It was such a beautiful day with the leaves turning colors that fall, it was so nice to be home from the hospital with my healthy baby boy. A few days after arriving and settling into changing diapers and breastfeeding I had noticed a small bump on my leg. At the time, I thought I had a mosquito bite since they are jokingly considered the Texas state bird…and it looked like the bite might be getting a little infected. What I didn’t know is that I had taken home an unwanted guest from the hospital… a dreaded Staph Infection.
According to WebMD:
Staph Infection and Cellulitis:
A staph infection is caused by a Staphylococcus (or “staph”) bacteria. Actually, about 25% of people normally carry staph in the nose, mouth, genitals, or anal area.
These staph infections range from a simple boil to antibiotic-resistant infections to flesh-eating infections. The difference between all these is the strength of the infection, how deep it goes, how fast it spreads, and how treatable it is with antibiotics. The antibiotic-resistant infections are more common in North America, because of our overuse of antibiotics.
The “bump” on my leg had turned into a boil within hours, and after checking with my local doctor I was sent to one of the best infectious disease specialists in Houston. Once I had arrived at the office and he examined the boil they decided to try and expel it from my leg with a needle! Ok, so let’s just stop here for a moment, my leg has an open raw boil on it that’s the size of a doughnut and they proceeded to stick a large needle in it and pull out the head of the infection. I almost came off the table!! Going through childbirth didn’t even compare to the excruciating pain that had just taken place! After me begging… then pleading… then demanding that the doctor stop, I was sent me home with an IV in my arm full of antibiotics that I had to take for 2 weeks.
While rolling an IV around full of antibiotics, I was not allowed to hold or even touch my baby for fear he would get the infection and die! Not being able to nurse or bond with him was one of the hardest things I have ever had to do as a mother. During this time I was blessed to have a live in nanny/housekeeper. Rosa was a godsend for me, and we all would not have made it through this difficult season without her, as she took care of Caden day and night. Due to all the antibiotics, he could not be fed the breast milk I had pumped… so I would throw it away (now I know all you breastfeeding moms out there know how difficult pouring your precious milk down the drain was for me!)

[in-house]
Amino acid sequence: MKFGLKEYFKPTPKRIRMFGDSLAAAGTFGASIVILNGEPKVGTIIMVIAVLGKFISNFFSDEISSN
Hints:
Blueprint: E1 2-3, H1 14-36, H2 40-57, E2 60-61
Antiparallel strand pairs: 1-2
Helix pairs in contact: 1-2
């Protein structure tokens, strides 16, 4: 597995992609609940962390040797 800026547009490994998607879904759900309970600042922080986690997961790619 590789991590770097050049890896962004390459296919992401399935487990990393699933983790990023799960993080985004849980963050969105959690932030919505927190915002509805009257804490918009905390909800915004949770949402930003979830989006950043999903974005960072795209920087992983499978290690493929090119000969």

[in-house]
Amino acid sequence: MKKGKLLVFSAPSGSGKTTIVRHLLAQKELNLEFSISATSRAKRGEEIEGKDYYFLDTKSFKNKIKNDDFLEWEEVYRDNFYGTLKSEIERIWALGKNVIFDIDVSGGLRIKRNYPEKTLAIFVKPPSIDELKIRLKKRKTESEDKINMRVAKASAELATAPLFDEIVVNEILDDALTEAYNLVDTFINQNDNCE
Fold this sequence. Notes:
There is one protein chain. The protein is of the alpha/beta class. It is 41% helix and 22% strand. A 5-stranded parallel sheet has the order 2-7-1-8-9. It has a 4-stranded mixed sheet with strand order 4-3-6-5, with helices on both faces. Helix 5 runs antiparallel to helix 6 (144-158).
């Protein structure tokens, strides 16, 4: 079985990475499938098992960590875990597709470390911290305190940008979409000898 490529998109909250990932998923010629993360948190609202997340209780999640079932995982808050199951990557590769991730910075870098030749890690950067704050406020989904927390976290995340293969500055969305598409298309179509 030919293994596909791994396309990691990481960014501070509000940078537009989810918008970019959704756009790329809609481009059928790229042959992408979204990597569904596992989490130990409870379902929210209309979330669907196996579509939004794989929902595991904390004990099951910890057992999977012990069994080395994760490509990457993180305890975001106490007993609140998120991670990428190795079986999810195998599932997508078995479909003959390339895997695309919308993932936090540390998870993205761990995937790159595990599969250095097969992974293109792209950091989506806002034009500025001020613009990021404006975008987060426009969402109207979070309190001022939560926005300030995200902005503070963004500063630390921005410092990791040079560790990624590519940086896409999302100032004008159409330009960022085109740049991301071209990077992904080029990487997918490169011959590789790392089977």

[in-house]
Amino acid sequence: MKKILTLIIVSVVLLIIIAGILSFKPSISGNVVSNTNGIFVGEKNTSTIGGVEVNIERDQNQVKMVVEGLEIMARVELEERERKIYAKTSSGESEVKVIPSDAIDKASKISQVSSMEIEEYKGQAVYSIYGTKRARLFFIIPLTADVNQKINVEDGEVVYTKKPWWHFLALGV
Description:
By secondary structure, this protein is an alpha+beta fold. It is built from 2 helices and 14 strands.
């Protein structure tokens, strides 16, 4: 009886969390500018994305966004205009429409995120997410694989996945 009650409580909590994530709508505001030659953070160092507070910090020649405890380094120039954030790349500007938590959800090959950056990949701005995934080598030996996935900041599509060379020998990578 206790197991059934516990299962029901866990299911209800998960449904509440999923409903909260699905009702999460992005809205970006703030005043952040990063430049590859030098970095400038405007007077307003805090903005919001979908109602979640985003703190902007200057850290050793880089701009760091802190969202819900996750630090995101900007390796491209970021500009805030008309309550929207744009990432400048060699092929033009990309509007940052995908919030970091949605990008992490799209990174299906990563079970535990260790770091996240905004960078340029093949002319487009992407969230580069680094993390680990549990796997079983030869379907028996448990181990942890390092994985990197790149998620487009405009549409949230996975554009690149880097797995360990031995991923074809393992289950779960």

I had gone through the 2 weeks of antibiotics to find that the Staph infection was not gone, and in fact I had MRSA Staph. MRSA Staph is an antibiotic-resistant form of staph. Not only was I still dealing with the infection, but my daughter, her best friend, and then my son and husband (at the time) had all contracted it as well. Everyone in my house had it except for Rosa and my newborn. We all had boils and had been to several doctors and couldn’t get rid of it. Over a course of 2 years we fought this deadly infection. There were many times we had thought we conquered it, when all of a sudden one of us would get yet another boil.
So out of desperation for my kids, I went to the family pediatrician to see if she could provide some help that I couldn’t get from these infectious disease doctors. I was only at the pediatricians office for 20 minutes and she knew exactly what we needed. This amazing doctor prescribed a medicine that we took internally and a cream that we had to put up our noses. At this point I didn’t care where we had to stick the medication I just needed it to work!
I can say that it has now been over 8 years since we have dealt with this nightmare of the Staph infection, but I am always reminded of the living hell we went through by the large scar that the boil left on my leg.
I am so thankful we had help during this time in our lives, and so blessed that Caden and I have bonded and he doesn’t remember the traumatic first few years in his life!